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Stretchy pants, mood swings, and insane food cravings are what most people think about when they hear the word pregnancy. Some women view pregnancy as the nine-month-eat-all-you-can vacation, some continue strenuous work-outs to the motto “no pain, no gain”. When you mention pregnancy and BJJ in the same sentence, emotions flare, and discussions get heated. Some support pregnant women in jiu-jitsu, and some are completely against it. Sophia Drysdale, and bloggers Meg and Ana have written extensively about training during, and after pregnancy. Black belt Emily Kwok also had a positive experience training, and teaching while pregnant with her first child. To train or not to train is a personal choice which should be respected.

When Melanie from Vancouver, BC, sent us a picture of her growing baby bump in the gi, we asked her to share her story. She is 31 weeks pregnant with her fourth child, and writes a two-part article about how training has been possible for her*.


I must admit, when I first saw the double line on my pregnancy test that I had just taken in the bathroom at Starbucks, I nearly fainted. Selfishly, my first thought was, but I just got back to jiu-jitsu! Seriously, after three kids in four years, and five and a half years away from BJJ, I was just beginning to get my groove back. I thought I was going to have to quit cold turkey again, and that was going to be the end of it. No more jiu-jitsu for Mel ever, ever again. During my first pregnancy I had no idea that pregnant women could do anything other than swim, walk, and go to special mommy-to-be yoga classes.

My second thought was, FOUR KIDS! What the heck was I thinking! Hey, big families totally rock. Just think of the little jiu-jitsu clan I will have on my hands in the next few years. I just never pictured myself as a mom of so many. Not long after I met with my awesome midwives, and I was fully prepared for them to shoot me down, and tell me that I was crazy for even wanting to continue with jiu-jitsu. I tried to prepare my thoughts, how I would try to argue my thinking, my rationalizing.

However, they totally surprised me, and told me that I should just listen to my body, and continue within reason for as long as I was able to. Um. What? Mind blown. Listen to my body? They reassured me that my body was used to the intense training, the drills, and the movements. It would be entirely different if all of a sudden at four weeks pregnant I decided to start running marathons or something completely brand new. My body was used to jiu-jitsu, it was part of me. They reassured me that I was low risk since I had no previous injuries, and that the baby was fully protected inside my body. I could continue for the time being, and we could always re-evaluate as needed at my regular midwifery visits.

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Next I talked to my main coach. He laughed at me at first, but then told me he supported me 100%, and would help me continue training for as long as I could. Another score! I was so afraid that he would tell me I was a hazard to the club. You know how your mind just always jumps to the worst conclusions first. With a big sigh of relief began googling pregnant jiu-jitsu girls, and started to feel less nervous, and upset about being pregnant. I know this makes me sound completely selfish.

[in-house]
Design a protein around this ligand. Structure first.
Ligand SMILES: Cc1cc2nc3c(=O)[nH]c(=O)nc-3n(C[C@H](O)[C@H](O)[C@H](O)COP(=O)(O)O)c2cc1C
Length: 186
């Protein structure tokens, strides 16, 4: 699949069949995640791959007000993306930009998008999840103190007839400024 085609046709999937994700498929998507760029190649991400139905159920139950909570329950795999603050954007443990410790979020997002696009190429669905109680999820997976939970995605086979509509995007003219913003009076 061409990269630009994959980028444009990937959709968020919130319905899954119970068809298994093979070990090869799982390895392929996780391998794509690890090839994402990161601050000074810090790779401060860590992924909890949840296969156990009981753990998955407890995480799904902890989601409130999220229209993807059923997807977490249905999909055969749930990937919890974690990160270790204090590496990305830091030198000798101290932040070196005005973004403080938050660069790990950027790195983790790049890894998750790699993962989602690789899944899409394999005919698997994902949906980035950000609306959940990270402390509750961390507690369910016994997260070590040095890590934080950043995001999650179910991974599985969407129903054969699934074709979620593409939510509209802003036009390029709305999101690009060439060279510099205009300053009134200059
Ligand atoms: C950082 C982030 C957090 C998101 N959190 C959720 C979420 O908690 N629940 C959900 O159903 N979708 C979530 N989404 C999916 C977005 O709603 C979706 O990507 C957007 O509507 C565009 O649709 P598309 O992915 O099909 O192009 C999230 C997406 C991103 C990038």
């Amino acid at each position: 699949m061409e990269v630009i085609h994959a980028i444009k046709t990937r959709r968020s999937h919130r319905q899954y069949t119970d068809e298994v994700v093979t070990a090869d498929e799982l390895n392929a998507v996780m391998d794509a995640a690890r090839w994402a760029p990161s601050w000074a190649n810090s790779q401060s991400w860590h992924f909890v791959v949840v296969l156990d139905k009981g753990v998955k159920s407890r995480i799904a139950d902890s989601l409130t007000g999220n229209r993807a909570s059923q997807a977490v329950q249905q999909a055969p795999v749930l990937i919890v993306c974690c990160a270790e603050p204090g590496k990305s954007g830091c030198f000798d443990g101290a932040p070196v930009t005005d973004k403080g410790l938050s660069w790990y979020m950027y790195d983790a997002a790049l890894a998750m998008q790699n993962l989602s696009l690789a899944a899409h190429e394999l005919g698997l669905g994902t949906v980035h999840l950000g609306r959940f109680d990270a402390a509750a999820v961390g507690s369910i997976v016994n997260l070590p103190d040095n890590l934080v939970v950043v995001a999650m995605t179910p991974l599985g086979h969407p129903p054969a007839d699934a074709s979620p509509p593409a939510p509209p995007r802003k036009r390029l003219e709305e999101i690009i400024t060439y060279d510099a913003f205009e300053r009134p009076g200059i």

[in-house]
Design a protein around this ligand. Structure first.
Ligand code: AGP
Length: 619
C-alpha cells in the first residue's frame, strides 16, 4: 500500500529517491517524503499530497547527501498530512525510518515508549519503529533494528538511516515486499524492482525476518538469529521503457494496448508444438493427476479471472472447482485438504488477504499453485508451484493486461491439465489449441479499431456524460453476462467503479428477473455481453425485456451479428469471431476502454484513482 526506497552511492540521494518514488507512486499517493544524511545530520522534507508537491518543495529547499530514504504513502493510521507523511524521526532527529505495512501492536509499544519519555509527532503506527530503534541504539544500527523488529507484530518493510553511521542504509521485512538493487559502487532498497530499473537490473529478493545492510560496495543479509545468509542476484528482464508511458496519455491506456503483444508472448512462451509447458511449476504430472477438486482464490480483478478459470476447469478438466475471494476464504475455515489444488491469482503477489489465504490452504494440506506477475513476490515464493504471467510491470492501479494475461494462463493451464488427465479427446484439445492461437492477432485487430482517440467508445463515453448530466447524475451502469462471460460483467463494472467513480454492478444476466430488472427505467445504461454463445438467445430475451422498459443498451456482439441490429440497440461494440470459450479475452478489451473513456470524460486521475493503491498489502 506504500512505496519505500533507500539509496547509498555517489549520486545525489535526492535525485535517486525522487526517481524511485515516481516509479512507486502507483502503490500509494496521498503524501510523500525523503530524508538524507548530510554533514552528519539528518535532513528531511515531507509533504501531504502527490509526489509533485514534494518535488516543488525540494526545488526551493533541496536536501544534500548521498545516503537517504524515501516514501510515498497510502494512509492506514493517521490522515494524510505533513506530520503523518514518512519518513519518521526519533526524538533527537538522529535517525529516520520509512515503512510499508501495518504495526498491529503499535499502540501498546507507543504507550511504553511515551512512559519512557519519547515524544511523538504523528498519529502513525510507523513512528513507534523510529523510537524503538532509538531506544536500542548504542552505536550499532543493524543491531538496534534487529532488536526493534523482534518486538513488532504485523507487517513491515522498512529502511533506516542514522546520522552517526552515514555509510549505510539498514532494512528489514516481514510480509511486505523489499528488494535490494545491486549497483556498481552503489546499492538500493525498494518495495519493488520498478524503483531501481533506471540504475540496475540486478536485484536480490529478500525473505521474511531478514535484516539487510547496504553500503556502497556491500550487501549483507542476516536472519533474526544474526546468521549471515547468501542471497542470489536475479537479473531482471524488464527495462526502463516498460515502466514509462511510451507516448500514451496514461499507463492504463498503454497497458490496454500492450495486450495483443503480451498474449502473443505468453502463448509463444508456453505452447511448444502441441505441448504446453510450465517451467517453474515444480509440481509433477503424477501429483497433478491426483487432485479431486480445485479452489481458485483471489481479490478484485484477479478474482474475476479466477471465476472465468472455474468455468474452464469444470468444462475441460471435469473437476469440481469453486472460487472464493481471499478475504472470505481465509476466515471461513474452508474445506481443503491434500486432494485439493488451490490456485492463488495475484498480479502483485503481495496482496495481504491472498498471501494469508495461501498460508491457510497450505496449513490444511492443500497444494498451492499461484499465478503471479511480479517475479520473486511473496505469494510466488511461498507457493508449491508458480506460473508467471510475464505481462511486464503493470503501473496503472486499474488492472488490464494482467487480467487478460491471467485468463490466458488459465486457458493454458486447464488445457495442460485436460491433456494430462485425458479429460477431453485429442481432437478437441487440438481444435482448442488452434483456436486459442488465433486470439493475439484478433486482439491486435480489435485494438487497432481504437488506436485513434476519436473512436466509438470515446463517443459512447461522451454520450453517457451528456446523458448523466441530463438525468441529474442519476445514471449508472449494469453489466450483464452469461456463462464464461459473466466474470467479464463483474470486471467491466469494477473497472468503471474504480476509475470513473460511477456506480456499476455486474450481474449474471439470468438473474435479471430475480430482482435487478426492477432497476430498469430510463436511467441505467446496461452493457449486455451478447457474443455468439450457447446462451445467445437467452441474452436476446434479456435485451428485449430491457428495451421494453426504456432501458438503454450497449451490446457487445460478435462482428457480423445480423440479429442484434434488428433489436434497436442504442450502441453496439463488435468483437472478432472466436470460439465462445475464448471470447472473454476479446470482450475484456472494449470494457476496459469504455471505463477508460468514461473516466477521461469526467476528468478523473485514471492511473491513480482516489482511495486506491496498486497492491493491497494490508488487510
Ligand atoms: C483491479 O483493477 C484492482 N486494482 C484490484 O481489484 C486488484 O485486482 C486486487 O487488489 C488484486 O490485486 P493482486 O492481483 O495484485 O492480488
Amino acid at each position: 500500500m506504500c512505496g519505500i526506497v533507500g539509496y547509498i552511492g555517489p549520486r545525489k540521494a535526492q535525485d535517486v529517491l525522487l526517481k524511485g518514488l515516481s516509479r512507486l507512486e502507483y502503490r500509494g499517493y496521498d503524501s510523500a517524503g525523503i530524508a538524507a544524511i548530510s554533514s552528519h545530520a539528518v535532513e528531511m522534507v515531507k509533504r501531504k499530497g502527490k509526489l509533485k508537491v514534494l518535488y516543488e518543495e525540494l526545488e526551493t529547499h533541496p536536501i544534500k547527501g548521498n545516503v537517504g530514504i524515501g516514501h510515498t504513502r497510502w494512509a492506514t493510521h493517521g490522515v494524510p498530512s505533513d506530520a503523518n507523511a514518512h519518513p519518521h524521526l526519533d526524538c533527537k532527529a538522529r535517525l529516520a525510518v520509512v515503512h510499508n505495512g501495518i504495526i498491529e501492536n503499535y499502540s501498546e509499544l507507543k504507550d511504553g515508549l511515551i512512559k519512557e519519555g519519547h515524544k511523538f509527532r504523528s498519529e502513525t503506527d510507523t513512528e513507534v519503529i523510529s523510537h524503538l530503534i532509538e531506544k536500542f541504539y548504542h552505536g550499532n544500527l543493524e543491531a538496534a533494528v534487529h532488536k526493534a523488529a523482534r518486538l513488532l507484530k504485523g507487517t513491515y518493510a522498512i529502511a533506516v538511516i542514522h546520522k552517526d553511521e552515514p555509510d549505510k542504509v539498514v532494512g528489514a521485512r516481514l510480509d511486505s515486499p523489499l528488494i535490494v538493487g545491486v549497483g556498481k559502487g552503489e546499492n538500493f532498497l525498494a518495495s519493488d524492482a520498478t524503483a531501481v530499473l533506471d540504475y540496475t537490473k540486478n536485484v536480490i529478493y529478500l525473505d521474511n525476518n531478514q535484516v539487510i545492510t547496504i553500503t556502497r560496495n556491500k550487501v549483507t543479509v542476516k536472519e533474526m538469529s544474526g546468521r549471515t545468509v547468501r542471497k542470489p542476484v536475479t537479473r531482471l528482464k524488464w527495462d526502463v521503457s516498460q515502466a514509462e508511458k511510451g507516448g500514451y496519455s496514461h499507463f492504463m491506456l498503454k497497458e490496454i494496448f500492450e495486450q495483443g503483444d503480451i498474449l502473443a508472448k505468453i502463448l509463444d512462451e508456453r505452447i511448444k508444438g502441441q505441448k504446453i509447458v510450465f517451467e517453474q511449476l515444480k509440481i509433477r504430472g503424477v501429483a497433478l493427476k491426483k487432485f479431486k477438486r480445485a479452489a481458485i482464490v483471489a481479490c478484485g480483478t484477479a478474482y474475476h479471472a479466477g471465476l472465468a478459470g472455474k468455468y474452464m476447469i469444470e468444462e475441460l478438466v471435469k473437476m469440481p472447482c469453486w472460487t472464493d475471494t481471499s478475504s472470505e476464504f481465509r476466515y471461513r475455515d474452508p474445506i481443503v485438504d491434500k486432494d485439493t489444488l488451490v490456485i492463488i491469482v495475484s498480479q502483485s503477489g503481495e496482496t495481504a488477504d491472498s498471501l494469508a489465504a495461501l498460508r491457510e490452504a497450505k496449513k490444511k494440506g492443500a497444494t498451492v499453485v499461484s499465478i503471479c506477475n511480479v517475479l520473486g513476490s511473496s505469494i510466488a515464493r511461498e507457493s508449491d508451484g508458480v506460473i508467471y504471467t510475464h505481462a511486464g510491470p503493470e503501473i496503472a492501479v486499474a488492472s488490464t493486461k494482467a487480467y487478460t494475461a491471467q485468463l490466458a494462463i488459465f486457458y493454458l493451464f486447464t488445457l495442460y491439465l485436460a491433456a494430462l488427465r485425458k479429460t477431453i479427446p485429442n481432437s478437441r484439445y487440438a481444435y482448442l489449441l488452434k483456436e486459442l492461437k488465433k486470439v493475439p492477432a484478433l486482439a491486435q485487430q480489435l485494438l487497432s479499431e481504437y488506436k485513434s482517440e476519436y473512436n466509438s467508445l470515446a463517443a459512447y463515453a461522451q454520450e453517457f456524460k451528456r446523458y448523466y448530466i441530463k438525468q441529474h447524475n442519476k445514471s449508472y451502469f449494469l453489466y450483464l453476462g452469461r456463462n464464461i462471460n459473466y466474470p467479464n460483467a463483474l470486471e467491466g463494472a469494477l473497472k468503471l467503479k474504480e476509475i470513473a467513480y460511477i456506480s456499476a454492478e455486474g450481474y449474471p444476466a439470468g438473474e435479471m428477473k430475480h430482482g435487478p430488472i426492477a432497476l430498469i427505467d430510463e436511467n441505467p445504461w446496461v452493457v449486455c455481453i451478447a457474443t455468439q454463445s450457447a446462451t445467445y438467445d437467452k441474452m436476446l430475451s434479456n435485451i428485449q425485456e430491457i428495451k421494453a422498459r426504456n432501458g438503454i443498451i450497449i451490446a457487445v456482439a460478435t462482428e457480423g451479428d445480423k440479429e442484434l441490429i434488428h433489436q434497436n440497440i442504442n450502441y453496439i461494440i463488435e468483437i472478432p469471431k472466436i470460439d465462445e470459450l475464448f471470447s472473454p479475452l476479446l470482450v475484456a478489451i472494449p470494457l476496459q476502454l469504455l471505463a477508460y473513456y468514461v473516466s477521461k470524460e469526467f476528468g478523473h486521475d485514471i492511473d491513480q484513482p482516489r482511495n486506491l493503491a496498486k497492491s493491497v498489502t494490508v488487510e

However, if you are like me, jiu-jitsu is your outlet. Especially after becoming a mother, and feeling like you have to re-discover who you are all over again. It is your time to re-charge, to feel human again, to be a better human again, and to de-stress.  It is your time to think about the moves, and where your body should be next. There is no drama on the mats. Jiu-jitsu doesn’t care if you have one baby or four. Turns out a lot of women train during their pregnancies, so I wasn’t so awful for wanting to continue. Here is an article about an awesome running mom, and here’s one about Alysia Montano competing at 34 weeks pregnant.

My first trimester was rocky but not awful. I actually found that I felt better when I went to class. I could go from being dead tired, and feeling nauseous to energetic, and happy within minutes of my feet touching the mats. Brazilian jiu-jitsu is magic, I tell you, magic! I found that my body was just as capable as before. Pregnancy actually has relaxed my muscles, and increased my flexibility! The only thing that I found especially challenging in the first trimester, and into the second one was the shortness of breath. When I was rolling, and my training partner’s gi was covering my face, I could not breathe, and I felt panicky. I had to tap or just stop.

Breathing during pregnancy is affected due to the increase of progesterone, which may make it feel as if you are working harder than usual to get air. In my case, I found this to be the case times 1000. It is important to remember that even though your baby bump may not be showing yet, your uterus is becoming bigger. It takes up more space, and creates pressure against your diaphragm. I tried to keep calm, wear looser fitting tanks, and sports bras under the gi, and breathe deeply.

Part II of the article can be found here.

*Training jiu-jitsu while pregnant is not for everyone, please contact your doctor to discuss your work-out plan.